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It completely depends on the use case. Since most of the latest machines come with >250 GB HDD space, I suggest the below recommendations assuming that you have enough space for other partitions. ( Since most of users will go for a separate /home partition, we don't have to consider about the documents and other files such as media files when creating / partition. ) It goes without saying that If you have a separate /home partition, you don't have to bother about backing up data before every installing a different distro. (But keep in mind that the config files of one distro may not be recognized properly by another distribution.)

  • If you intend to keep this installation for at least a few years and if you will be installing quite a few packages such as multimedia and office software, I recommend that you go for something more than 50 GB. After a fresh install, you may find that there is quite a space left in your root partition, but you will realize that these are being used up after a couple of months. After using it for two years and after two upgrades ( 21 to 22 and then to 23 ), my / partition has used up 32 GB. If one has to install a quite a few packages like LibreCAD and blender, I suggest to assign it a 50 GB so that you don't have to re size it after few new package installation and upgrades.

  • If your usage is most likely be limited to accessing internet and editing documents, I really do not see a requirement for allocating huge space for root partition. In such cases 10 or 12 GB of / partition can suffice. In my netbook (that I had) the / partition was 12 GB and it ran Fedora XFCE spin. I had libreoffice, gnuzilla, chromium, midori and (google-chrome) installed in that. I didn't have need for any other applications and even after a couple of applications, I had few GB space left.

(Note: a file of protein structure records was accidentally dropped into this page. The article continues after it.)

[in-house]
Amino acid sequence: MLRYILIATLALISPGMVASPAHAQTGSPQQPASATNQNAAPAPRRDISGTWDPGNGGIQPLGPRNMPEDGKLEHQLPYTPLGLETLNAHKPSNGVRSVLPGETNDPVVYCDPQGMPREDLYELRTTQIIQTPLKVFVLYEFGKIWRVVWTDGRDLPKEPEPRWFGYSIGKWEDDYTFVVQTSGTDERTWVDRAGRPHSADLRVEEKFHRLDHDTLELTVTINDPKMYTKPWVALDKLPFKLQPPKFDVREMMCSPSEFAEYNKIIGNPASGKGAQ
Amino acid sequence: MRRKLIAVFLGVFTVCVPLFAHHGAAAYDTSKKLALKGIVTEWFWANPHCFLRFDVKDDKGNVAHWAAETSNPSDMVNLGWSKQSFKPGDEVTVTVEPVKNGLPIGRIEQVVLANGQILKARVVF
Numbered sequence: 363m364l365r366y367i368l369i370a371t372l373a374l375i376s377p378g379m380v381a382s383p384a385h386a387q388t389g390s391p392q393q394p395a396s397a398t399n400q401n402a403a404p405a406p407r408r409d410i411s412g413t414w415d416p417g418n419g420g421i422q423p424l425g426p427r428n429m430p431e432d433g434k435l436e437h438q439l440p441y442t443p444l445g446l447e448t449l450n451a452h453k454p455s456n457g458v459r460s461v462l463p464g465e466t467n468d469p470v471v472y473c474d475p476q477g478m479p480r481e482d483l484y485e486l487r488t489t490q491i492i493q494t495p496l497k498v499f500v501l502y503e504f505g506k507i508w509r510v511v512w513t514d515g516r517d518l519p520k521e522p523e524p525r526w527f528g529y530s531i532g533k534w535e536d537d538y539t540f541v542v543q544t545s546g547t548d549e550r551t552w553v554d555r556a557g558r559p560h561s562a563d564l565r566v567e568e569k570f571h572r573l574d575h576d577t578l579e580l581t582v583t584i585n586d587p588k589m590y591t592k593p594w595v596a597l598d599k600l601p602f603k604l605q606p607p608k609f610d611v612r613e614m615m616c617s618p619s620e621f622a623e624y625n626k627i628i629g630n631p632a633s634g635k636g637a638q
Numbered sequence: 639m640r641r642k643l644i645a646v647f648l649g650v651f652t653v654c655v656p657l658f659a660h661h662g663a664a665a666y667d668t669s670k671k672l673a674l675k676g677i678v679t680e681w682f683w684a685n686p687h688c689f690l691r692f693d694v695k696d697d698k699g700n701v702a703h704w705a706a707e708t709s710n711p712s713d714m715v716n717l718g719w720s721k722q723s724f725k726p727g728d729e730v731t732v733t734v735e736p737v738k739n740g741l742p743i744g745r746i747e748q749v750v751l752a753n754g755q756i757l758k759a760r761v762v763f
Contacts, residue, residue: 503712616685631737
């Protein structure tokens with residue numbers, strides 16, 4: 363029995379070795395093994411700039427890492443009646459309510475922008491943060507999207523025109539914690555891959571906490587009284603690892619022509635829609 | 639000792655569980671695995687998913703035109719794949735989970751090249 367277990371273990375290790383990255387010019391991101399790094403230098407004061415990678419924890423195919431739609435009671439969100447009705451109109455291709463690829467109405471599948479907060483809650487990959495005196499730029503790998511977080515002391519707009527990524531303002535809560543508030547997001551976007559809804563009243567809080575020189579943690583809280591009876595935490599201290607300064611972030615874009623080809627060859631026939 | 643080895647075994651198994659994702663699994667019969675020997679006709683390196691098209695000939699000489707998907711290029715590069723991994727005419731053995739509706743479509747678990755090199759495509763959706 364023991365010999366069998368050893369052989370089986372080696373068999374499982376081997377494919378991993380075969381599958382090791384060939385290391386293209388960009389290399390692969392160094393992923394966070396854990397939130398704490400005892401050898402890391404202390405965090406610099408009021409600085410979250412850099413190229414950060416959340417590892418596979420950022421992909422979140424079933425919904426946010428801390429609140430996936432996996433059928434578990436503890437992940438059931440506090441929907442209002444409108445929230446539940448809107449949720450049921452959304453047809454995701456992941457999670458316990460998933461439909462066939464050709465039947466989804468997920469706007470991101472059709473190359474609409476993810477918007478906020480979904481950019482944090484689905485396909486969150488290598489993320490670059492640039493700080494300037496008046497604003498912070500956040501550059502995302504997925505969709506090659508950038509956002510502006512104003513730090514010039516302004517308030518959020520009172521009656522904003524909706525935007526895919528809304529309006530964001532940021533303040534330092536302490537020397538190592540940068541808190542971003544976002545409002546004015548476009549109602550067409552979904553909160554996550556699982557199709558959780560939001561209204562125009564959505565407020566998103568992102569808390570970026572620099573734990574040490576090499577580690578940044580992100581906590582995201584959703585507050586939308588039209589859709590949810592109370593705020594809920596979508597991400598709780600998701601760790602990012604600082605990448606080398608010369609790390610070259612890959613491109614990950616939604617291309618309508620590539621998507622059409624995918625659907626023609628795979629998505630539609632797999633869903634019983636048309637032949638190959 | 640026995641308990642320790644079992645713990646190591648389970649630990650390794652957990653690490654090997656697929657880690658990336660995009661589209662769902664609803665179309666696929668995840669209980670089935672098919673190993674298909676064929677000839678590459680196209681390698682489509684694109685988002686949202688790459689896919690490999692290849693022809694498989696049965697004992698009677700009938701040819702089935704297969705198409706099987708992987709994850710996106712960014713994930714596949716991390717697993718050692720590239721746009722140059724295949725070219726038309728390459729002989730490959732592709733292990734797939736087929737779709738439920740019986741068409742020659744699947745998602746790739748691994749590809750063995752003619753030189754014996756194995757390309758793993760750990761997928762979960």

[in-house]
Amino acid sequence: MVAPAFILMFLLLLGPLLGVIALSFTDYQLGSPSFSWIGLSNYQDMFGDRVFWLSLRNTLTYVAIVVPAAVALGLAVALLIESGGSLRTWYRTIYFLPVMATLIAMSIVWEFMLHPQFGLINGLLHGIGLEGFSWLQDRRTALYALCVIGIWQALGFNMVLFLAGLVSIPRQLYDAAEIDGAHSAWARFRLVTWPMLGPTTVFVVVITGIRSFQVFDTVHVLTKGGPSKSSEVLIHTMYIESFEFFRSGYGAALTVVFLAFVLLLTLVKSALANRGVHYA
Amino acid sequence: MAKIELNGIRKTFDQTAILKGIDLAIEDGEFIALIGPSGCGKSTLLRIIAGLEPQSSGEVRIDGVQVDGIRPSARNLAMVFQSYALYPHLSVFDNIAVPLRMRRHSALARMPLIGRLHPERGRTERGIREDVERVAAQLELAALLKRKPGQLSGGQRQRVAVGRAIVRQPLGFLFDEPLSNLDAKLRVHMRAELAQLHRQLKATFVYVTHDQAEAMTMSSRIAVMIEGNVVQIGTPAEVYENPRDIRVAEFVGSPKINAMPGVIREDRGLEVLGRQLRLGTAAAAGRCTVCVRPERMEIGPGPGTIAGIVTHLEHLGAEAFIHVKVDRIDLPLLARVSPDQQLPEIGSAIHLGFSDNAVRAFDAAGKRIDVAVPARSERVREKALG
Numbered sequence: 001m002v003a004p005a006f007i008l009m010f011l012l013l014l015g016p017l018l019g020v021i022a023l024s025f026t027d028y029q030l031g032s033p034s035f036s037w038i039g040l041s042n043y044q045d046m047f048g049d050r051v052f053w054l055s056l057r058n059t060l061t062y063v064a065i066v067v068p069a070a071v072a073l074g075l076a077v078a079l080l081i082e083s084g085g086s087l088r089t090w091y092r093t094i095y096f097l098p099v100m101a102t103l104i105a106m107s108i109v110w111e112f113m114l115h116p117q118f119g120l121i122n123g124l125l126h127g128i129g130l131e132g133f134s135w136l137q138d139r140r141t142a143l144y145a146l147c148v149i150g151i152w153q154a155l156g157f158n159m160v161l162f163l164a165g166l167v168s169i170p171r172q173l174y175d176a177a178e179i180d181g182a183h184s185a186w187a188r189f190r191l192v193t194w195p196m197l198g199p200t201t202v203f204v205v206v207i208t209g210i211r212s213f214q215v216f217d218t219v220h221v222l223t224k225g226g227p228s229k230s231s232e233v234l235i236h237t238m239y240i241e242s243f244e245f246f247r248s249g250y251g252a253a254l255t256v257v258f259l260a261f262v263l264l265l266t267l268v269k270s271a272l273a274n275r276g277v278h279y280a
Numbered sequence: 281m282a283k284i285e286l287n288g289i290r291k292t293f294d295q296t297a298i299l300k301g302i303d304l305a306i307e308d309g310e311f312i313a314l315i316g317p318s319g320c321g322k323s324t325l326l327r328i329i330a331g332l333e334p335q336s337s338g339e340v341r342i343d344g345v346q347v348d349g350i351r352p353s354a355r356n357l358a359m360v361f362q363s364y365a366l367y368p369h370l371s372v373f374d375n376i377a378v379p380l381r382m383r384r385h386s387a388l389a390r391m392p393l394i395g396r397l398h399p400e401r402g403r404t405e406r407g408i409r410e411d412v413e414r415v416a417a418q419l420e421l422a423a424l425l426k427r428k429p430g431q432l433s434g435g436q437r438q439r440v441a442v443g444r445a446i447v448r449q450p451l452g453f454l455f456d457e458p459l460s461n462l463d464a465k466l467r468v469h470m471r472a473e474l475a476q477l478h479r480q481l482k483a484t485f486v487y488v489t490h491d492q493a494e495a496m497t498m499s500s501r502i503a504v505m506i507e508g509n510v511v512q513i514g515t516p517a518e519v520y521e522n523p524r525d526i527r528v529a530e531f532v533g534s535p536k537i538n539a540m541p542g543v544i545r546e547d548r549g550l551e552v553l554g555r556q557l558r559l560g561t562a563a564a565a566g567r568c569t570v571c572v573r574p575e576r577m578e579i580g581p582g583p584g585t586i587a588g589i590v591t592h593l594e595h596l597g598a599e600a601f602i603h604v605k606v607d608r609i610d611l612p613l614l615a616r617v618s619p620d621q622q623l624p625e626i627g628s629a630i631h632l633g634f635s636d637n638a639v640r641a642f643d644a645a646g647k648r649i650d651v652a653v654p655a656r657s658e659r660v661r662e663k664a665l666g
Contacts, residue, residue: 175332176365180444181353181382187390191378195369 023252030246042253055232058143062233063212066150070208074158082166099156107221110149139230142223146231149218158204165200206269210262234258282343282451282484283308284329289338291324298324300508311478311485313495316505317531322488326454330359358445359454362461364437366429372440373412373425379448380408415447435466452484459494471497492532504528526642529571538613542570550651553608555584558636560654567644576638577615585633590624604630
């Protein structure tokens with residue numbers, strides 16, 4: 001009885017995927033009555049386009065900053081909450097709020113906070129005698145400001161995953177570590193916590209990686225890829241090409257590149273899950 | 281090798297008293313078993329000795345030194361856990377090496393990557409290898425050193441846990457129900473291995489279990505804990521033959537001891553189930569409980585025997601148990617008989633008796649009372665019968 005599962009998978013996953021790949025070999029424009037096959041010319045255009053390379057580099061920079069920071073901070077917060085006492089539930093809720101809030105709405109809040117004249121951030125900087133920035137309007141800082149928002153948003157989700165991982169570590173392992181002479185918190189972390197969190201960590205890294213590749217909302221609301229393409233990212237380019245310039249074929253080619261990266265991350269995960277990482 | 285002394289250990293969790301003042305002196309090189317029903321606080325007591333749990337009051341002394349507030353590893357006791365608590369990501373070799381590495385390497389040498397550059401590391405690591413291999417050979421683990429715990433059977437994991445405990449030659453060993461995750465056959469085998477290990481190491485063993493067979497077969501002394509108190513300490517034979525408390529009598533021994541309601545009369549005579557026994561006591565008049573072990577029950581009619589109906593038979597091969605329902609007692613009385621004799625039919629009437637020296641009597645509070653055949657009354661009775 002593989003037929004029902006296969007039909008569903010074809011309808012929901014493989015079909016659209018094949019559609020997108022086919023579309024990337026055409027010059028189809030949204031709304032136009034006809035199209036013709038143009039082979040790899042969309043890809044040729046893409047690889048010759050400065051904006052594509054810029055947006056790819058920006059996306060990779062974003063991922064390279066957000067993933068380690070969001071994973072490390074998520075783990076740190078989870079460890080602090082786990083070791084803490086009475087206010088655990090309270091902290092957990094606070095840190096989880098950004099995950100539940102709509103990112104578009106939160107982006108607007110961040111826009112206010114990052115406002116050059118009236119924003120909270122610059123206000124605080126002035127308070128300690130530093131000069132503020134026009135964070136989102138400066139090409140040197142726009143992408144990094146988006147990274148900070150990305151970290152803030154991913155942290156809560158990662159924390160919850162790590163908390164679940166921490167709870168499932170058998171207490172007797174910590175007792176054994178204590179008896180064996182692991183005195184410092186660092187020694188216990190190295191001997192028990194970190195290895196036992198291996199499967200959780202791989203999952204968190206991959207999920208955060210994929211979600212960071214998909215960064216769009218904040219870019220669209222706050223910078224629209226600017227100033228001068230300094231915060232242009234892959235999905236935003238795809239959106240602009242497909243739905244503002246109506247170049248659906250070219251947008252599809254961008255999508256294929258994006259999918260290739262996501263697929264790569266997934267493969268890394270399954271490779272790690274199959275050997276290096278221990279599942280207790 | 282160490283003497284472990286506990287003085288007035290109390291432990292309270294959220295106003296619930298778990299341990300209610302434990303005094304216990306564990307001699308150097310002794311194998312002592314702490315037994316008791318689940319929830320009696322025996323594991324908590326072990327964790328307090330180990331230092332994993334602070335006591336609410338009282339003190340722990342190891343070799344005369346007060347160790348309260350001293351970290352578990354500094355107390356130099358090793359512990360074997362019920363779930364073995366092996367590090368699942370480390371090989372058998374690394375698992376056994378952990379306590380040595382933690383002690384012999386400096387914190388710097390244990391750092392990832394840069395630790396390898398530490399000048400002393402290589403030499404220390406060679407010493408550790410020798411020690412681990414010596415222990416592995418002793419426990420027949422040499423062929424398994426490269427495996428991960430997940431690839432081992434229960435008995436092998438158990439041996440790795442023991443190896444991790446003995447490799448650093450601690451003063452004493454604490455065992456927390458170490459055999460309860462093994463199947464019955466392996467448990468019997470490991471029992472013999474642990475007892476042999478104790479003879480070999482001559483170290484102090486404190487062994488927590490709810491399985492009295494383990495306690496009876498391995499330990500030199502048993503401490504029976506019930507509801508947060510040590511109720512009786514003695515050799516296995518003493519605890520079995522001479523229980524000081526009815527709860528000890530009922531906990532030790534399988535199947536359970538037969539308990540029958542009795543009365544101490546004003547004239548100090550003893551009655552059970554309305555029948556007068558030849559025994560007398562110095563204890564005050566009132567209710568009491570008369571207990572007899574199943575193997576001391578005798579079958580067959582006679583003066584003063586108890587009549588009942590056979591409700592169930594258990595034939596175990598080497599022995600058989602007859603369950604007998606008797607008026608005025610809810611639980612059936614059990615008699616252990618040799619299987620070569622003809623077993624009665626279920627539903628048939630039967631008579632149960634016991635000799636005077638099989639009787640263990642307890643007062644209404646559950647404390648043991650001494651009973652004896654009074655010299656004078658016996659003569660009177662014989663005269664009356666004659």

• If you are feeling adventurous and if you keep on re-installing the Operating system, then go for a 20 GB / partition. This could allow you to try installing few packages on that distro as if you go for the bare minimum requirement, you may run into issues if you try to install some heavy packages with high number of dependencies.

It completely depends on the use case. Since most of the latest machines come with >250 GB HDD space, I suggest the below recommendations assuming that you have enough space for other partitions. ( Since most of users will go for a separate /home partition, we don't have to consider about the documents and other files such as media files when creating / partition. ) It goes without saying that If you have a separate /home partition, you don't have to bother about backing up data before every installing a different distro. (But keep in mind that the config files of one distro may not be recognized properly by another distribution.)

  • If you intend to keep this installation for at least a few years and if you will be installing quite a few packages such as multimedia and office software, I recommend that you go for something more than 50 30 GB. After a fresh install, you may find that there is quite a space left in your root partition, but you will realize that these are being used up after a couple of months. After using it for two years and after two upgrades ( 21 to 22 and then to 23 ), my / partition has used up 32 24 GB. If one has to install a quite a few packages like LibreCAD and blender, I suggest to assign it a 50 30 GB so that you don't have to re size it after few new package installation and upgrades.